English Language Arts Grade 3
Reading: Informational Text Standard 7
Use information gained from illustrations (e.g., maps, photographs) and the words in a text to demonstrate understanding of the text (e.g., where, when, why, and how key events occur).
American Colonial Life in the Late 1700s: Distant Cousins
After completing these activities, students will be able to:
identify the original thirteen British colonies on a map; understand how physical geography affected settlement; understand how settlers' backgrounds influenced their values, priorities, and daily lives; examine artifacts and make inferences about the people and the historical periods that they represent; imagine typical daily life for different families in colonial America in the late 1700s; write a letter from the viewpoint of someone who lived in a different time and place.
On This Day With Lewis and Clark
This set of 5 lesson plans from EDSITEment is designed to help students appreciate the immensity and mystery of the mission Lewis and Clark accepted. As "experts" investigating specific subjects assigned to Lewis by President Jefferson, students will conduct careful research. Reading brief diary entries of the men of the Corps will spark the interest of students as they relive the discoveries of the original participants.
Question and Answer Books - From Genre Study to Report Writing
This lesson looks at question and answer books as a genre. Through read-alouds and independent reading, students explore the content and format of these books, establish how they are different from and similar to other nonfiction texts, and discuss their possible uses for doing and presenting research.
Reading and Writing About Pollution to Understand Cause and Effect
In this lesson, students access prior knowledge about water pollution before exploring the topic further using read-alouds. They then complete a sequencing graphic organizer using a story of a fish and its journey from the mountains to a polluted waterway. Finally, students' understanding of cause and effect is reinforced using a hands-on experiment, art project, and graphic organizer.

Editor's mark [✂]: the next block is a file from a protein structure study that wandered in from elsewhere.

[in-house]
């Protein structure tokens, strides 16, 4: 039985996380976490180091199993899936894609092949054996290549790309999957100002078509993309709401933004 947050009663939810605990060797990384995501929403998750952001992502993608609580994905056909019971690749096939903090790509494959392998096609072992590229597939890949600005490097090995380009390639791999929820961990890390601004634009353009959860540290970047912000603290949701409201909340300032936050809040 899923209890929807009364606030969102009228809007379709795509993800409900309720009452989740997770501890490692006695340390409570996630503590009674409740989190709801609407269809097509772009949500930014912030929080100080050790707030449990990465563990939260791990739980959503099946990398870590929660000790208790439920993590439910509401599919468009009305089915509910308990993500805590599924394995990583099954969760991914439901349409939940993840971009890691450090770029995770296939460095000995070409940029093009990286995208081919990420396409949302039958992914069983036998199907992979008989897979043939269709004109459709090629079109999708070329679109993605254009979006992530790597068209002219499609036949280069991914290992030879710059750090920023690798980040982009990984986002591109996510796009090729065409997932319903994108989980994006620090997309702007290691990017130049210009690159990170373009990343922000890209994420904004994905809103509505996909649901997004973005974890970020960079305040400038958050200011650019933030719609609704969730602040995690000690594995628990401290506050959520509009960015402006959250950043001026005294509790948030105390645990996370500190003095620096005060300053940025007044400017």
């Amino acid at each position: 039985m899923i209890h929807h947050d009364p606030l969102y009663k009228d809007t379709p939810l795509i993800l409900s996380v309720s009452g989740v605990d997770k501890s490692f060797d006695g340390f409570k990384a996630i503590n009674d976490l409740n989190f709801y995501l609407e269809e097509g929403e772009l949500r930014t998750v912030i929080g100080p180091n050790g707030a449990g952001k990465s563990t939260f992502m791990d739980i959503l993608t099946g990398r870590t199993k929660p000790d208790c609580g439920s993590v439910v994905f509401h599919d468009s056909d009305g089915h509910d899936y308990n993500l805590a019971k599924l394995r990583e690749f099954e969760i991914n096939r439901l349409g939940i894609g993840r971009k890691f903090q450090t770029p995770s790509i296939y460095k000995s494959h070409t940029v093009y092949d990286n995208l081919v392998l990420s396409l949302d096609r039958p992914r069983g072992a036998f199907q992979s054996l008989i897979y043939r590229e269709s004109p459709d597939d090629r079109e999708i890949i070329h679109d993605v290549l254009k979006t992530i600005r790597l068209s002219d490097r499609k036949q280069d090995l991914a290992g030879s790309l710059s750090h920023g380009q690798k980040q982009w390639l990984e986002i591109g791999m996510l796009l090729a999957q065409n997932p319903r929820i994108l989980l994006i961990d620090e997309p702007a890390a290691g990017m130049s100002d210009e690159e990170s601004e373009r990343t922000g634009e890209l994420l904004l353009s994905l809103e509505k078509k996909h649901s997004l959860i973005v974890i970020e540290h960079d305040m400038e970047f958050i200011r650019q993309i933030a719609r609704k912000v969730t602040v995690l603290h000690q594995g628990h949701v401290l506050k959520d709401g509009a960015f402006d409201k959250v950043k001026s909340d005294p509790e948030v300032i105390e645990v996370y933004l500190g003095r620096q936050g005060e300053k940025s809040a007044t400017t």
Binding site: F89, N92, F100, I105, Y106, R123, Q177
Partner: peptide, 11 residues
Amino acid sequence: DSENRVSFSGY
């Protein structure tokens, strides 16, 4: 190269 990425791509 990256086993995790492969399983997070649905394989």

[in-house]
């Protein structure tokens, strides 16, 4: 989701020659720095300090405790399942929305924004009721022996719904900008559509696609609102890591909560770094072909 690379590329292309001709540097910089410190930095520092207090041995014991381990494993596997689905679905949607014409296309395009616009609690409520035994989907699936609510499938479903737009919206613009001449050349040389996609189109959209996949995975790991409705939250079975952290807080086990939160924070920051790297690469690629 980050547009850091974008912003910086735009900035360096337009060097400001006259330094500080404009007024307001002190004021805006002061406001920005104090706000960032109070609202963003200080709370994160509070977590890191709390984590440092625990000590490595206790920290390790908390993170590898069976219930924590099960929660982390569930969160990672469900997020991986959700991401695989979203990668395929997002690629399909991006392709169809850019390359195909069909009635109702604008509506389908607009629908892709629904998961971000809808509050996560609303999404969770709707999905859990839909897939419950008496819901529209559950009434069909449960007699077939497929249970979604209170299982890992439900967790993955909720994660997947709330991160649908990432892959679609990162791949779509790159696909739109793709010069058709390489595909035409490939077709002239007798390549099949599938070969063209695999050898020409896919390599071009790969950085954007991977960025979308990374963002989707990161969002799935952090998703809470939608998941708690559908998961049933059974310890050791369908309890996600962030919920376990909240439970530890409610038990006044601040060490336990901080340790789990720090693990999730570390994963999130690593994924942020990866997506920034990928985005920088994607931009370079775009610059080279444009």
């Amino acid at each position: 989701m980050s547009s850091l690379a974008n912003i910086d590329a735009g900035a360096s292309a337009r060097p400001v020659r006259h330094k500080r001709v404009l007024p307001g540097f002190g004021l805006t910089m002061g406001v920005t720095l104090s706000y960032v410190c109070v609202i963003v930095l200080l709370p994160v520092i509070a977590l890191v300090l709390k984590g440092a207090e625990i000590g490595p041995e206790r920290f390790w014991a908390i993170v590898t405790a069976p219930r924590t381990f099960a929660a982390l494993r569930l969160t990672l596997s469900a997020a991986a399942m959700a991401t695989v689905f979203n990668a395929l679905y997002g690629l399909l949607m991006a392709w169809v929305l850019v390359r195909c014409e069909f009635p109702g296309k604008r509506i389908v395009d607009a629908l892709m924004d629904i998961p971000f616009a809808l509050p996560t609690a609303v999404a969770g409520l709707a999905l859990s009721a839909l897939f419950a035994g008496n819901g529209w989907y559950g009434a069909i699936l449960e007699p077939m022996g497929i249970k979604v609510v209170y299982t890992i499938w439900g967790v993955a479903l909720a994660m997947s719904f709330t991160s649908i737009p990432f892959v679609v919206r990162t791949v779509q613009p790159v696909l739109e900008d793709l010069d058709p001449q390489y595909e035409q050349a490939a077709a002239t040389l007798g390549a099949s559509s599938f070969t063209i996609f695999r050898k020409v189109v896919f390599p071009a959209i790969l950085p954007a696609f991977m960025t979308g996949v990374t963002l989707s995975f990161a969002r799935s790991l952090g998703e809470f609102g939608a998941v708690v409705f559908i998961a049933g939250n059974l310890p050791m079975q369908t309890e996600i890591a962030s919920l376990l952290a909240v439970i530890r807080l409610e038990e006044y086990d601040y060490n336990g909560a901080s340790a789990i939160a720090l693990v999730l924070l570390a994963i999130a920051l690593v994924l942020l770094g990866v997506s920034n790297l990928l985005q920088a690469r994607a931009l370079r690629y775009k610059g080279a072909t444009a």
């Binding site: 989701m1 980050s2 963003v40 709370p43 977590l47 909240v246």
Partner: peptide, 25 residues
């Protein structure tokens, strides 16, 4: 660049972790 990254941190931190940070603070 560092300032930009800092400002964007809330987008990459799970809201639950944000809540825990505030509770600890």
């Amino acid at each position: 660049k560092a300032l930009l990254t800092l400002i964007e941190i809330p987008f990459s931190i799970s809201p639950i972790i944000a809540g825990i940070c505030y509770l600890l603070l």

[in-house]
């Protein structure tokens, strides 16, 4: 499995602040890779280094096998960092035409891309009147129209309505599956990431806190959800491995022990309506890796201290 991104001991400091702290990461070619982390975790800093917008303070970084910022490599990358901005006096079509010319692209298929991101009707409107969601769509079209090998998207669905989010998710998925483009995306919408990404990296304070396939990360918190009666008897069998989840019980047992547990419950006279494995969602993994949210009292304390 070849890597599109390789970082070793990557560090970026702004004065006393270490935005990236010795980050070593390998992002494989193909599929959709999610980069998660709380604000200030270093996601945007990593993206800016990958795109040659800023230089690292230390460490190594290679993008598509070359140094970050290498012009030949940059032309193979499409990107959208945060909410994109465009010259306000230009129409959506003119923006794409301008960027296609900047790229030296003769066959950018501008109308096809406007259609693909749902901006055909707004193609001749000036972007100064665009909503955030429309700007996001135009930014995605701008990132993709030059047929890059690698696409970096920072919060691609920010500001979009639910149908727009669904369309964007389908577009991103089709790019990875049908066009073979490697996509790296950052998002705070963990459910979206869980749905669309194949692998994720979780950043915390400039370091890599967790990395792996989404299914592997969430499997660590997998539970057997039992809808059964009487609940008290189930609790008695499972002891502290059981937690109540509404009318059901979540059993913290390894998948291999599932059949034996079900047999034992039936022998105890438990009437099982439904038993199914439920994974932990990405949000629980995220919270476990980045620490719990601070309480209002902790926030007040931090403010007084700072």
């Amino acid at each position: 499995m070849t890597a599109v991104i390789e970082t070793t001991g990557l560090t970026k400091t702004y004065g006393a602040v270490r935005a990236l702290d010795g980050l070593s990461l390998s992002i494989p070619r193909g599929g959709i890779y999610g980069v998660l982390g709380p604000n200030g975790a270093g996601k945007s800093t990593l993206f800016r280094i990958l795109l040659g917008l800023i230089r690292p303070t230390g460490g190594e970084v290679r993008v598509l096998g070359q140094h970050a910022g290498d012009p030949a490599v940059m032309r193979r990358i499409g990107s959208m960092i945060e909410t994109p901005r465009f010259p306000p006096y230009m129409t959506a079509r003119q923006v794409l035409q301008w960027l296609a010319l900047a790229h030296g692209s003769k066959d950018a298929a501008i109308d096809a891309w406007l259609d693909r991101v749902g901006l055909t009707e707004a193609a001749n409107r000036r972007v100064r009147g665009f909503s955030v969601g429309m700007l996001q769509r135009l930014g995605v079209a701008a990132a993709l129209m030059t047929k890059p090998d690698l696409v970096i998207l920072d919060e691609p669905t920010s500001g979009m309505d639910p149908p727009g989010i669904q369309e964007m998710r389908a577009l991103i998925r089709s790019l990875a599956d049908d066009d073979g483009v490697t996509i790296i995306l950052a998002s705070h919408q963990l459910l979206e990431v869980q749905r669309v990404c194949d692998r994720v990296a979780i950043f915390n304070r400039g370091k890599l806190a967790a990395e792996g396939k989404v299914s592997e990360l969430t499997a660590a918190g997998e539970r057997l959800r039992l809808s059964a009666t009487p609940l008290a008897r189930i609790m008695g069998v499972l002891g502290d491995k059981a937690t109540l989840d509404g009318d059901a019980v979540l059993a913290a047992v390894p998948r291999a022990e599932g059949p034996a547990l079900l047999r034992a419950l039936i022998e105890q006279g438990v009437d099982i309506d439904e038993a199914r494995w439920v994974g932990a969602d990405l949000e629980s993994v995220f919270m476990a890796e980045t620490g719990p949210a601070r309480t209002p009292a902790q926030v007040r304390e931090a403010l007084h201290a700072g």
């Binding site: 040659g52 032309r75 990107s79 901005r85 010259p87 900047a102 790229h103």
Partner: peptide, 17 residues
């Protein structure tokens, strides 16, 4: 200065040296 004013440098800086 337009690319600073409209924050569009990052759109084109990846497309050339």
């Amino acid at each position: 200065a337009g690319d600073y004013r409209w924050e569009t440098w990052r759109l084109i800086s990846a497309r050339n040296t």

The Aztecs: Mighty Warriors of Mexico
After completing this lesson, students will be able to: identify the Aztecs as the builders of a great city and rich civilization in what is now Mexico; locate the Aztec Empire and its capital on a map; describe several aspects of Aztec culture; and understand the causes of the Aztec civilization's downfall.
The Impact of the Transcontinental Railroad
Analyzing archival material such as photos, documents, and posters, students can truly appreciate the phenomenon of the Transcontinental Railroad. They can begin to answer some important questions: Why was the Transcontinental Railroad built? How did it affect Native Americans? Other minorities? How was the environment affected? What were the advantages of railroad travel? Who used the railroads, and why? Who built the railroad?
The Statue of Liberty
In this lesson, students learn about the effort to convince a skeptical American public to contribute to the effort to erect a pedestal and to bring the Statue of Liberty to New York. The activities in this lesson guide students through an investigation of primary historical documents and an analysis of the poem "The New Colossus," written by the nineteenth-century poet Emma Lazarus. From this page, teachers can access all the materials needed to complete the lesson.
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(USHE). Send questions or comments to USBE Specialist -
and see the Language Arts - Elementary website. For
general questions about Utah's Core Standards contact the Director
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